Outdoor Retailer Summer Market 2016 wrapped up a couple weeks ago (I know, apologies for the delayed posts this year) and we’re kicking off the coverage with climbing hardware.
By far and away the coolest and most impressive product is Maxim’s Platinum rope. The design interweaves the sheath with the core, and unique patterns mark either end, as well as the middle. The interwoven sheath and core should ensure greater durability and virtually no sheath slippage. We’re looking forward to getting some samples to abuse, and attempt to destroy!
The hardware trend at the show seemed to be various assisted-braking or similar impact-reduction devices. The focus seems to be making belaying safer, and dare I say, more dumbed-down?!
Wild Country’s Revo is the most radical design departure from the usual ATC and GriGri styles. Dubbed the “first Bi-Directional assisted locking belay device” it locks up thanks to an inertia-driven cam that moves away from the center of the ‘wheel’ and engages with a locking lug whenever the ‘wheel’ reaches a high enough velocity for centrifugal force to move the cam from it’s position. It’s neat to see, and it works as advertised — any high-speed pull on the rope immediately locked up the Revo, regardless of rope orientation. When belaying, it functions much as any other ATC-style device, with the usual teeth for extra friction. It’s also really cool to see that it cannot be loaded improperly, it works just as well from either end, and the carabiner won’t fit through unless the Revo is closed and loaded properly (it’s pretty much fool-proof — see comment above). Our only gripe? The device unlocks as soon as any rope is fed through, meaning that if you try to ‘boink’ up the Revo unlocks and is immediately transformed into an assist-less ATC-style device. We can see a lot of gyms loving these.
Petzl’s new GriGri+ will not be a replacement for the GriGri2, but rather an addition to the lineup. It has a steel plate where the rope runs for reduced wear, is compatible with ropes from 8.9mm to 10.5mm, has an anti-panic feature and two ‘braking’ modes for easier top-rope belay. It works, feels, and functions like a GriGri. Due to lacking an actual climb on which to test the anti-panic handle mode, and the ‘lead’ and ‘top-rope’ belay modes, we cannot actually comment on their performance, though we did feel some differences when playing with the device at the Petzl booth. This won’t replace your current GriGri2, but is probably the one to buy when you need a new one.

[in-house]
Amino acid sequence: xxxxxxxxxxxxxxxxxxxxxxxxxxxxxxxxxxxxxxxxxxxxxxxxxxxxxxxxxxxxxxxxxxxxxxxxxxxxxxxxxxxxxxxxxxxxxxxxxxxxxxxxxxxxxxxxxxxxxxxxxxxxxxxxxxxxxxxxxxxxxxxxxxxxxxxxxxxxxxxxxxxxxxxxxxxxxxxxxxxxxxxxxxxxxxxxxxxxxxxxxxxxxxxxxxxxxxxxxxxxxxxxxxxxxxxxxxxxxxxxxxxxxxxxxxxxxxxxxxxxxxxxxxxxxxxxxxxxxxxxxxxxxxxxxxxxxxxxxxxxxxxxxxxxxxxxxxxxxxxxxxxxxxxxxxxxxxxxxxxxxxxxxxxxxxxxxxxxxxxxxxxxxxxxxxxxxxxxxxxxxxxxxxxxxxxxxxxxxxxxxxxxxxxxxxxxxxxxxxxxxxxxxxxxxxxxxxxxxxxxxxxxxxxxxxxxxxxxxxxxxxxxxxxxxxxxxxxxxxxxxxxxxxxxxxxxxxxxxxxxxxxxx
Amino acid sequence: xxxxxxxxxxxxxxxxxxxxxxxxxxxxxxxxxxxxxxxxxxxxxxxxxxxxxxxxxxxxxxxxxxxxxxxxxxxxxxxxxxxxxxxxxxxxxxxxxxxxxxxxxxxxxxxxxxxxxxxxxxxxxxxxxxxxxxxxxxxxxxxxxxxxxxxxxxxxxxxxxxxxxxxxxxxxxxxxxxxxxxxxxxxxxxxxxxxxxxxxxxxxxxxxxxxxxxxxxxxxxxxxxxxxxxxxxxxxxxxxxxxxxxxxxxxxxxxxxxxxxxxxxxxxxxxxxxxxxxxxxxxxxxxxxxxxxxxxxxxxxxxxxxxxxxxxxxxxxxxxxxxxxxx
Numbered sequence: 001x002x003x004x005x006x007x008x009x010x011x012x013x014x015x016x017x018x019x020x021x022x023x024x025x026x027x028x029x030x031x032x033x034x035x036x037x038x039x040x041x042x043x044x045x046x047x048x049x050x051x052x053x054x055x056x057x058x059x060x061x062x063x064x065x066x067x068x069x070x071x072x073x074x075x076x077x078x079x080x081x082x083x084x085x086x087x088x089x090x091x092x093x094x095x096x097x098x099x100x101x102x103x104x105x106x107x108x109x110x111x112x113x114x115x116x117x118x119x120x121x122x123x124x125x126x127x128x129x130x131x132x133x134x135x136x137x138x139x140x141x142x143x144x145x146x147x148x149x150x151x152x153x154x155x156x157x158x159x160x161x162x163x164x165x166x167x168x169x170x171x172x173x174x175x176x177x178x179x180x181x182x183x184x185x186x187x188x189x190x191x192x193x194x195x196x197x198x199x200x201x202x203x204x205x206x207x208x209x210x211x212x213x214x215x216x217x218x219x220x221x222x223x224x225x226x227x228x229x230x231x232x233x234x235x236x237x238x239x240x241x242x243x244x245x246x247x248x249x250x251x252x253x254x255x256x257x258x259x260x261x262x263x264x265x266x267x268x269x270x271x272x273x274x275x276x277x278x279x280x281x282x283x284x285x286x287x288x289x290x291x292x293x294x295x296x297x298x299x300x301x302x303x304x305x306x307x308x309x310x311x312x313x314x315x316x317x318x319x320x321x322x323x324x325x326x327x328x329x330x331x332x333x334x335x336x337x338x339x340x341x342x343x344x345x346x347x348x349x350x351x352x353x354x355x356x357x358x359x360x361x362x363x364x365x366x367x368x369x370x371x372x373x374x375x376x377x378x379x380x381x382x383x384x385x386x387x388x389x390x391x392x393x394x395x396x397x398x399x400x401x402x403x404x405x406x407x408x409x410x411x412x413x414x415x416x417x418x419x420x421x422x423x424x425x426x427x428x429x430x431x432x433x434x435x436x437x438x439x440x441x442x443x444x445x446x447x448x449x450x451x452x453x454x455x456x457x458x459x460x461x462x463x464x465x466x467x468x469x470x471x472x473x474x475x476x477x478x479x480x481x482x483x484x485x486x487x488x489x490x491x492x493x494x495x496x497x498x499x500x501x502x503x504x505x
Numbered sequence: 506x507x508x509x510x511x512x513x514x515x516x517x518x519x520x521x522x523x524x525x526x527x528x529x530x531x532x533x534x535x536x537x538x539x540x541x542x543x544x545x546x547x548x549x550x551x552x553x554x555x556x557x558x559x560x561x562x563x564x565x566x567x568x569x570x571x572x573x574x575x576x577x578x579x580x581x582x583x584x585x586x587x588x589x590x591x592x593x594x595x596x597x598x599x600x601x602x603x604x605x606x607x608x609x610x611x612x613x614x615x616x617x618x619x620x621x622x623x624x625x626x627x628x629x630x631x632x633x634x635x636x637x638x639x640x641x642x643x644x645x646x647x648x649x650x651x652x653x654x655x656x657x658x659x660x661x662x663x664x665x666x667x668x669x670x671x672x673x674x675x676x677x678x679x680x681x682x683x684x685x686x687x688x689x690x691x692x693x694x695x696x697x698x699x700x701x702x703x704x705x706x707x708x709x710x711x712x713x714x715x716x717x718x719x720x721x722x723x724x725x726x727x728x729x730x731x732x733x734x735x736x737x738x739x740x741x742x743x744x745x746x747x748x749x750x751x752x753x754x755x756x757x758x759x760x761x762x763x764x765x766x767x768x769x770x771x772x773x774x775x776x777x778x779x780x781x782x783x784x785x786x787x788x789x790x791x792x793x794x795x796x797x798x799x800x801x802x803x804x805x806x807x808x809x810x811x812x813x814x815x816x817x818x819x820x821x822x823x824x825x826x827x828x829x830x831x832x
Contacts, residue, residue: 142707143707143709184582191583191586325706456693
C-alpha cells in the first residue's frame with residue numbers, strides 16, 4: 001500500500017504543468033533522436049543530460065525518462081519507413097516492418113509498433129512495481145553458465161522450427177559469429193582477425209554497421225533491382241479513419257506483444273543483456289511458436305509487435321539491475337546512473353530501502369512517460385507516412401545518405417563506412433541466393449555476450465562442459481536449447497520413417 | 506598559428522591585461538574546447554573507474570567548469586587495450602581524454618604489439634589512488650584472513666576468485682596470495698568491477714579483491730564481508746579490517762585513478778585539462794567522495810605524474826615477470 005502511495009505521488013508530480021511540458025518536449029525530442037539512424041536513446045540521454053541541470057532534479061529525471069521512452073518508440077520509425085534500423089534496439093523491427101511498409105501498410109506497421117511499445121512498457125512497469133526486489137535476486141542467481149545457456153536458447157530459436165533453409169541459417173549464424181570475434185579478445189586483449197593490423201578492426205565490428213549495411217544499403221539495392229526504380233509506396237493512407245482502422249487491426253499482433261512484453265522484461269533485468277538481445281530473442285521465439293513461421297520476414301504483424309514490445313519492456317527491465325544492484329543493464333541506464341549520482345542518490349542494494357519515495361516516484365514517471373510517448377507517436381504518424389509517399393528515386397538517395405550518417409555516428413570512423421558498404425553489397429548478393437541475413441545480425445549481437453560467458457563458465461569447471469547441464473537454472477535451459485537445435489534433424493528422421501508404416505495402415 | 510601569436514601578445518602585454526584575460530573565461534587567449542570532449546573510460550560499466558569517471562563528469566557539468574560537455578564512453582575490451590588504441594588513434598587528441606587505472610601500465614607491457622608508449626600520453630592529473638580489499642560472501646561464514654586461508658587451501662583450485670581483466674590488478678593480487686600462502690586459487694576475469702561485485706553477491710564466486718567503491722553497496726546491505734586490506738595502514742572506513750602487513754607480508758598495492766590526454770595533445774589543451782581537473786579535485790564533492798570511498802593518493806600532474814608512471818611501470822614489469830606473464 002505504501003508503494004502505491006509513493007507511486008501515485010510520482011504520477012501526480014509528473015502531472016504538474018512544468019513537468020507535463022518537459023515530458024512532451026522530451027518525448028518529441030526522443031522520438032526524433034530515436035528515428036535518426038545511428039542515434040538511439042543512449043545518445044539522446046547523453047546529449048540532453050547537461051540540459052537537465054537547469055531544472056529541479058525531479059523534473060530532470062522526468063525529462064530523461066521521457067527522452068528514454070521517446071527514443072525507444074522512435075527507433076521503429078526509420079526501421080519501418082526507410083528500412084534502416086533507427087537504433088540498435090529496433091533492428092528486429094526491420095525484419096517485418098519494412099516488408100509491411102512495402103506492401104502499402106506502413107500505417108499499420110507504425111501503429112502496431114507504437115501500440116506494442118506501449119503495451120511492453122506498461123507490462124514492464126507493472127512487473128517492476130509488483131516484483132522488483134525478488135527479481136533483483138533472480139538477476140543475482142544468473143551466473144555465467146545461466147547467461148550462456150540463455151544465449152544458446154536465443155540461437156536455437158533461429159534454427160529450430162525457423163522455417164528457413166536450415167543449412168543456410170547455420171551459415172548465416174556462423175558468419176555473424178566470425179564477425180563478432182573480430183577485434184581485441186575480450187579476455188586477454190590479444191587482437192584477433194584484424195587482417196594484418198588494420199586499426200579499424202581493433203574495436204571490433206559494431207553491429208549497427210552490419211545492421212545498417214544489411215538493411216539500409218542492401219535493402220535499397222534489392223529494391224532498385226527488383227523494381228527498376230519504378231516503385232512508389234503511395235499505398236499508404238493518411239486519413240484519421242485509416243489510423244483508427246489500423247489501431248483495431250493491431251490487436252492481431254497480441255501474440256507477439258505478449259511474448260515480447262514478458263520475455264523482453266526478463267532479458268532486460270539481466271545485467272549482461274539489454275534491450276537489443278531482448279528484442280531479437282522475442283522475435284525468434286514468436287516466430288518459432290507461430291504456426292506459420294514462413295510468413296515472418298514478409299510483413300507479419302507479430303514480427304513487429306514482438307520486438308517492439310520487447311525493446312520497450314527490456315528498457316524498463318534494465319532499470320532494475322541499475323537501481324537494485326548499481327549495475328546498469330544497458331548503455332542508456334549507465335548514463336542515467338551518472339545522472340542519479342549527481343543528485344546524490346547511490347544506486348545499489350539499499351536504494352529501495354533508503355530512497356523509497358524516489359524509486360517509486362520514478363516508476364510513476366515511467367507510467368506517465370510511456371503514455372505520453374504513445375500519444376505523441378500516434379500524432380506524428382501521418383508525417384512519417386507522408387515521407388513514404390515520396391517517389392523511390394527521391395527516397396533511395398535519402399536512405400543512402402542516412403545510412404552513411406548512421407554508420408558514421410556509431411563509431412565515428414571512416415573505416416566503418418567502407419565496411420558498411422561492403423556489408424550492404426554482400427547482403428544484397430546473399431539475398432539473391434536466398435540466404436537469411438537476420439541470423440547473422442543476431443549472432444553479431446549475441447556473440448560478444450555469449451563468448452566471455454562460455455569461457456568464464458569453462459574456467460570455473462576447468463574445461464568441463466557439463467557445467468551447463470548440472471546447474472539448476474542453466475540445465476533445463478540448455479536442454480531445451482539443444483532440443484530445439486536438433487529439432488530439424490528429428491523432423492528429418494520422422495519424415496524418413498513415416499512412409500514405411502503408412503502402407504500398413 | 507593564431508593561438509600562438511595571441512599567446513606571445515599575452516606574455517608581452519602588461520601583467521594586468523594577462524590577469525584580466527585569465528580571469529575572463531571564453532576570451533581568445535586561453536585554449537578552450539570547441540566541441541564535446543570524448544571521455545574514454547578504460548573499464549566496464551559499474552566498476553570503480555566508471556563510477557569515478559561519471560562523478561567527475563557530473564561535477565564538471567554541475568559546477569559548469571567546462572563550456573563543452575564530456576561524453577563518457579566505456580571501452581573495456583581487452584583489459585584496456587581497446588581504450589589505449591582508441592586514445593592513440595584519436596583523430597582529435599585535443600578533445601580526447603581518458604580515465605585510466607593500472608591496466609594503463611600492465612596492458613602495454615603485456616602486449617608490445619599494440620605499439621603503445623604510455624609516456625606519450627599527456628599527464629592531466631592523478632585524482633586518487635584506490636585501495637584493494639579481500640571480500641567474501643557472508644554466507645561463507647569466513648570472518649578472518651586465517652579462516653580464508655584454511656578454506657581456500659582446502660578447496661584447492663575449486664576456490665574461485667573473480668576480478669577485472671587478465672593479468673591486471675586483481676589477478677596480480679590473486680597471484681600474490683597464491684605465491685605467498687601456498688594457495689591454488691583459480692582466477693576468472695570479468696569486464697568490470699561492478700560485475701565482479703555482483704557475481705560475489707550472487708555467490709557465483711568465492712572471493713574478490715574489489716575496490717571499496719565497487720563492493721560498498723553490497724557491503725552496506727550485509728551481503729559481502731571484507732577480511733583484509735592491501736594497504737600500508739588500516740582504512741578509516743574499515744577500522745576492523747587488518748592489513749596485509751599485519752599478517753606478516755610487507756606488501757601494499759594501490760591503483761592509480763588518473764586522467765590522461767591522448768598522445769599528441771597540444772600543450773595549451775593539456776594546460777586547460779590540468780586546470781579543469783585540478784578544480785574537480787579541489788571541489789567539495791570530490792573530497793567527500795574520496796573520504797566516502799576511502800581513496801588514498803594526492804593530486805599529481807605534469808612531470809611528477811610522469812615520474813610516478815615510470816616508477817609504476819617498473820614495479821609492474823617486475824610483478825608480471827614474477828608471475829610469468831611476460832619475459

Edelrid’s Ohm is not a belay device, but rather an ‘assisted braking resistor’ that increases rope friction at the first bolt. Apparently, the Ohm really comes into its own when the lead climber is much heavier than the belayer, and significantly reduces the risk of a ground fall. It all makes sense in theory, but as with everything else, we’ll reserve judgement until we get to play with and test one for ourselves.
Black Diamond has evolved the single-slot ATC into the ATC Pilot, an ‘enhanced braking’ device that provides some additional friction but doesn’t auto-lock in any manner. It’s new, it’s steel for durability, and the rope does pay out quite gradually but we remain skeptical, though as always reserve full judgement until we’ve put a few pitches of rope through it.
Some cool news in carabiners, with two absolute stand-outs: the Camp Dyon and the Edelrid Bulletproof.
Camp’s Dyon takes the proven Photon shape, refines it along the lines of the new Nano 22, and adds a keylock, snag-free nose. The design is ingenious, in that the nose retains the narrow-profile of the Photon, and instead moves the locking part to the wire gate. Camp calls this design the KeyWire, and the locking bit is called the SphereLock. It apparently took over three years to refine the design! Gate action is beautifully smooth and even, the opening is large, and the slightly-curved spine a pleasure to hold. Weight is a scant 33 grams and it will come in the usual assortment of colours for racking your cams. Of course, they’ll also come in various iterations of quickdraws. Phenomenal, and I can’t wait to get my hands on a full rack of these!
Edelrid’s Bulletproof carabiners attempt to minimize the wear-and-tear on both biners and gear by adding a steel insert into the rope-bearing or bolt-clipping end. It’s not the lightest biner in the world at 55 grams, but the steel insert barely shows any wear after the same load cycles as compared to a regular aluminum carabiner. They’ll come in both straight-gate and curved-gate versions, and of course as a quickdraw set.